Research Article| Volume 70, ISSUE 6, P807-819, November 2022

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The principle of double effect and external whistleblowing in nursing

  • Alan J. Kearns
    Corresponding author: Alan J. Kearns, Ethics, School of Theology, Philosophy, and Music, Dublin City University, Dublin, Ireland.
    School of Theology, Philosophy, and Music, Dublin City University, Dublin, Ireland
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Published:November 15, 2022DOI:


      • Examines external whistleblowing from the perspective of its permissibility vis-à-vis the negative effect it may have on a health care organization or service.
      • Proposes the Principle of Double Effect as an ethical criterion to assess the permissibility of external whistleblowing in the context of a negative effect.
      • Argues that external whistleblowing by a nurse when understood as an advocacy act with two effects (i.e., the effect of defending a patient and the further negative effect on the health care organization or service) can be ethically permissible through meeting the conditions of the Principle of Double Effect.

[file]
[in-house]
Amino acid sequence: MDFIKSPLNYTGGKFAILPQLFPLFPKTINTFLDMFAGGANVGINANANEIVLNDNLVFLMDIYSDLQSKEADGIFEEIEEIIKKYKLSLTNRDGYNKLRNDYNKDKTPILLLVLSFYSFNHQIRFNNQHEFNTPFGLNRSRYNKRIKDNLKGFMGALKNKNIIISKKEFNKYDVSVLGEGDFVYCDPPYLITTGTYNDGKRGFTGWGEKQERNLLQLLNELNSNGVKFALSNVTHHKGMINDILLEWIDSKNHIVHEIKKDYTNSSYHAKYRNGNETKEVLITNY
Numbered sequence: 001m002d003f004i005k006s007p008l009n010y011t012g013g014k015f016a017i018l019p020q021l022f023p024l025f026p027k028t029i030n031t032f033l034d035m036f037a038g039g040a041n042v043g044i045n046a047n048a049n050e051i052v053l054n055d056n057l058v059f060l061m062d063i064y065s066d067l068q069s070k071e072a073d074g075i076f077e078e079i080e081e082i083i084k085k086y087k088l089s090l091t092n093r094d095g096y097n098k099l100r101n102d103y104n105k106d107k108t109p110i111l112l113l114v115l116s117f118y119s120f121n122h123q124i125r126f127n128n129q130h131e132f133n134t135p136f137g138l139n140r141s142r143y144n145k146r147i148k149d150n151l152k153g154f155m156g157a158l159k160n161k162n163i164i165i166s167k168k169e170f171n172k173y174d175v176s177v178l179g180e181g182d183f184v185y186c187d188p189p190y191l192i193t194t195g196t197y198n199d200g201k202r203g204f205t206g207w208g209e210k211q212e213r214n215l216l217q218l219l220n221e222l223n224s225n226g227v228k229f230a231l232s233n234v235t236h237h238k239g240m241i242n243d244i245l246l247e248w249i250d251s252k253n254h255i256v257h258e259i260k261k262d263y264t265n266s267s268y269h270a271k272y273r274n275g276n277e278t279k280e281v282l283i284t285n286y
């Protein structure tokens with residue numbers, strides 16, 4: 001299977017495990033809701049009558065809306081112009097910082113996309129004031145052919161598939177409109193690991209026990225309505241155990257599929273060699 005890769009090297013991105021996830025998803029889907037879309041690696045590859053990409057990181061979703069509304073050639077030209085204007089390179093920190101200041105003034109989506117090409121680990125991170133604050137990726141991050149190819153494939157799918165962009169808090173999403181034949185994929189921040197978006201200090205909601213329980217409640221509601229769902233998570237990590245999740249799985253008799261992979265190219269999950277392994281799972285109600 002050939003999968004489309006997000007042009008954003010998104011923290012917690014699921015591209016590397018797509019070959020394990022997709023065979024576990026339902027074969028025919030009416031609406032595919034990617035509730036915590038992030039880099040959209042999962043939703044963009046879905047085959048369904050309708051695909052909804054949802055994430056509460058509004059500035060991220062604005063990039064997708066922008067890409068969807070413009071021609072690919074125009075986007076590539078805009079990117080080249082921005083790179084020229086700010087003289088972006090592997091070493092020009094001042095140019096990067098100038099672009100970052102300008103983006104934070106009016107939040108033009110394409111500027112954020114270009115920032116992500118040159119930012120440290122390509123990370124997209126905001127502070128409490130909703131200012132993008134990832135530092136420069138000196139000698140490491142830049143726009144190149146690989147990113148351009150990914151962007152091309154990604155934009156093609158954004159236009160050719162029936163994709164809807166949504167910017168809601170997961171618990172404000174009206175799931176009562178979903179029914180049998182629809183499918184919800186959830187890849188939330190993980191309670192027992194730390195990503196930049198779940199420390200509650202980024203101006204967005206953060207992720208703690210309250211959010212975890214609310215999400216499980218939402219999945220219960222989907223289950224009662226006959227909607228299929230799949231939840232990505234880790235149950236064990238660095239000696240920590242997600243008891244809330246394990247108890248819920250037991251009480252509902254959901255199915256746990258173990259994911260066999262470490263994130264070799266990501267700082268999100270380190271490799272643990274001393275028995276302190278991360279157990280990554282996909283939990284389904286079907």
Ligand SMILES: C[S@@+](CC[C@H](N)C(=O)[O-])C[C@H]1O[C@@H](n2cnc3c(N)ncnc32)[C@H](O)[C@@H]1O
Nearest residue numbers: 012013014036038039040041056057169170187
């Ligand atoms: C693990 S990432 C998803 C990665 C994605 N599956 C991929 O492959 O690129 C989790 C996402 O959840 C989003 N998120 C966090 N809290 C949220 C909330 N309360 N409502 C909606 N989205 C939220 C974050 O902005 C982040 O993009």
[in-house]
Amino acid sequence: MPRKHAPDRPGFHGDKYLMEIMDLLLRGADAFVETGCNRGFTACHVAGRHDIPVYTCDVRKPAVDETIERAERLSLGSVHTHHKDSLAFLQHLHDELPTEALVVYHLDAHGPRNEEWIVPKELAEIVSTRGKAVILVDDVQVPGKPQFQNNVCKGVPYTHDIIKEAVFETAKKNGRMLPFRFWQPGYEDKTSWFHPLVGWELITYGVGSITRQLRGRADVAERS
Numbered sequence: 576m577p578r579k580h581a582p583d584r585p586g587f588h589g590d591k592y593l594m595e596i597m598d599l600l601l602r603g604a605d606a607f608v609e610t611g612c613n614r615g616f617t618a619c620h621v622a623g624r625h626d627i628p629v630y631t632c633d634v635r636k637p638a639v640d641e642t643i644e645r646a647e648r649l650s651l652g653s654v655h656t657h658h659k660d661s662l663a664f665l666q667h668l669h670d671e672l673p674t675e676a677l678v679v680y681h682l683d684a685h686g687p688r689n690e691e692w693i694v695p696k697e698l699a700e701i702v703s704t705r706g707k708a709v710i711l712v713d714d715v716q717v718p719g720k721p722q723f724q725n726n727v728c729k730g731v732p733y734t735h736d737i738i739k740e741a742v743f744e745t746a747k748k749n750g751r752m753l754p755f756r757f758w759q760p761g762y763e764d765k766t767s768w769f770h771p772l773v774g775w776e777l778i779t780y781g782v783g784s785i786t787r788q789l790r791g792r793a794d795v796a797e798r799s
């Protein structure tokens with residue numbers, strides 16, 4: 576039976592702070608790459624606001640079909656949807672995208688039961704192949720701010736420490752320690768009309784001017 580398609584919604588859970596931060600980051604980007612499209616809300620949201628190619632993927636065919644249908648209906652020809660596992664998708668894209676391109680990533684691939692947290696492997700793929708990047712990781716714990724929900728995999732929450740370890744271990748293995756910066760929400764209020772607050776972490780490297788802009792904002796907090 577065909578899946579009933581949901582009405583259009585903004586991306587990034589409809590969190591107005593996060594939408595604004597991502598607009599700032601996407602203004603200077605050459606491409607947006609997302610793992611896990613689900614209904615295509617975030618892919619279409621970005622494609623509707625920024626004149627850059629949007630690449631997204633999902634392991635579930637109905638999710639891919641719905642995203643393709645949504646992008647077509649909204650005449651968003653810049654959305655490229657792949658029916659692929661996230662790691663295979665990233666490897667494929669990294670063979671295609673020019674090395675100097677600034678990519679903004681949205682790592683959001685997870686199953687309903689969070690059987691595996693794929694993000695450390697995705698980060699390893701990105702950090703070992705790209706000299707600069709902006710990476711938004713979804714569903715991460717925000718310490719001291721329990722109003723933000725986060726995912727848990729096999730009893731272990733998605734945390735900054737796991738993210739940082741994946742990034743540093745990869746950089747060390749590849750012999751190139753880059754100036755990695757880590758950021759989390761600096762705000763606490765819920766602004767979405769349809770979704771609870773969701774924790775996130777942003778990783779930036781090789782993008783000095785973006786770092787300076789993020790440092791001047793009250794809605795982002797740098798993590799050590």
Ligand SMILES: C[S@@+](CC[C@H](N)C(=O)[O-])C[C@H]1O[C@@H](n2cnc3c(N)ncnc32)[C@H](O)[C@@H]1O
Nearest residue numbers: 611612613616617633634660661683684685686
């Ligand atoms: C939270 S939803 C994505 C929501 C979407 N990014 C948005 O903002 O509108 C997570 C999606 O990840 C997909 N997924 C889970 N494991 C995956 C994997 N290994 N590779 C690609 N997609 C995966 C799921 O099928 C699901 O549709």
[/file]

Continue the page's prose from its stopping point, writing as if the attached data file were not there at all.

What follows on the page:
Nurses are generally expected to raise concerns when a harm or wrongdoing is committed against patients. Should their concerns not be adequately addressed, then nurses may take the decision to engage in external whistleblowing. Given that it could have a negative effect on the health care organization or service, nurses may question whether they should engage in external whistleblowing. Consequently, is there an ethical criterion to discern whether the negative effect on the health care organization or service is ethically permissible? This paper argues for the suitability of the Principle of Double Effect as an ethical criterion. The position of this paper is that external whistleblowing by a nurse when understood as an advocacy act with two effects (i.e. the effect of defending a patient and the further negative effect on the health care organization or service) can be ethically permissible through meeting the conditions of the Principle of Double Effect.


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